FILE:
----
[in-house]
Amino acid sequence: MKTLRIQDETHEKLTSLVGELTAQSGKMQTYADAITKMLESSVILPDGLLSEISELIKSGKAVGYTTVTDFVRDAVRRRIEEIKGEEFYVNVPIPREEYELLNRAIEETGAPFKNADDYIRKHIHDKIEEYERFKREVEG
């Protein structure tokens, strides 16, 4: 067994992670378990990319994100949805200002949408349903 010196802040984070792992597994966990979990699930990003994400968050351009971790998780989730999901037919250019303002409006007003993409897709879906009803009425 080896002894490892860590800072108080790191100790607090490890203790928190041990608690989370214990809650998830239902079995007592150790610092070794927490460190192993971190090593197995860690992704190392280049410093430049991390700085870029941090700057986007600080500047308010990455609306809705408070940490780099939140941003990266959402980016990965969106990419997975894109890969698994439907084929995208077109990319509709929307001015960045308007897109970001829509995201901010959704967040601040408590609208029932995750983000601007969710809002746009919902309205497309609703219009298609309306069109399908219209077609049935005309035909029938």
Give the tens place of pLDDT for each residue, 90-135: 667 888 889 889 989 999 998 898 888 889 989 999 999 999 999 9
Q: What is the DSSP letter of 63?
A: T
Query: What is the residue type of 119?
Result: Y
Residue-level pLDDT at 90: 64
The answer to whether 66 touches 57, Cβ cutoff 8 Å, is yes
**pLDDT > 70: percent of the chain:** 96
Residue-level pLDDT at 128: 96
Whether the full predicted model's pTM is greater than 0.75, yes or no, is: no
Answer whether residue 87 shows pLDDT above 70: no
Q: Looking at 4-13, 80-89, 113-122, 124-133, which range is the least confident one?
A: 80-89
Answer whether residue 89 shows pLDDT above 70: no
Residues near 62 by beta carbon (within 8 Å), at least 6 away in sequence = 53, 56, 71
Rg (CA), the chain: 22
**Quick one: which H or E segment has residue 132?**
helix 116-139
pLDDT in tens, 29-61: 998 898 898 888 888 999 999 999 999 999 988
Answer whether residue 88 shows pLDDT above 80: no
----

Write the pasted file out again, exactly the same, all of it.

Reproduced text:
[in-house]
Amino acid sequence: MKTLRIQDETHEKLTSLVGELTAQSGKMQTYADAITKMLESSVILPDGLLSEISELIKSGKAVGYTTVTDFVRDAVRRRIEEIKGEEFYVNVPIPREEYELLNRAIEETGAPFKNADDYIRKHIHDKIEEYERFKREVEG
């Protein structure tokens, strides 16, 4: 067994992670378990990319994100949805200002949408349903 010196802040984070792992597994966990979990699930990003994400968050351009971790998780989730999901037919250019303002409006007003993409897709879906009803009425 080896002894490892860590800072108080790191100790607090490890203790928190041990608690989370214990809650998830239902079995007592150790610092070794927490460190192993971190090593197995860690992704190392280049410093430049991390700085870029941090700057986007600080500047308010990455609306809705408070940490780099939140941003990266959402980016990965969106990419997975894109890969698994439907084929995208077109990319509709929307001015960045308007897109970001829509995201901010959704967040601040408590609208029932995750983000601007969710809002746009919902309205497309609703219009298609309306069109399908219209077609049935005309035909029938």
Give the tens place of pLDDT for each residue, 90-135: 667 888 889 889 989 999 998 898 888 889 989 999 999 999 999 9
Q: What is the DSSP letter of 63?
A: T
Query: What is the residue type of 119?
Result: Y
Residue-level pLDDT at 90: 64
The answer to whether 66 touches 57, Cβ cutoff 8 Å, is yes
**pLDDT > 70: percent of the chain:** 96
Residue-level pLDDT at 128: 96
Whether the full predicted model's pTM is greater than 0.75, yes or no, is: no
Answer whether residue 87 shows pLDDT above 70: no
Q: Looking at 4-13, 80-89, 113-122, 124-133, which range is the least confident one?
A: 80-89
Answer whether residue 89 shows pLDDT above 70: no
Residues near 62 by beta carbon (within 8 Å), at least 6 away in sequence = 53, 56, 71
Rg (CA), the chain: 22
**Quick one: which H or E segment has residue 132?**
helix 116-139
pLDDT in tens, 29-61: 998 898 898 888 888 999 999 999 999 999 988
Answer whether residue 88 shows pLDDT above 80: no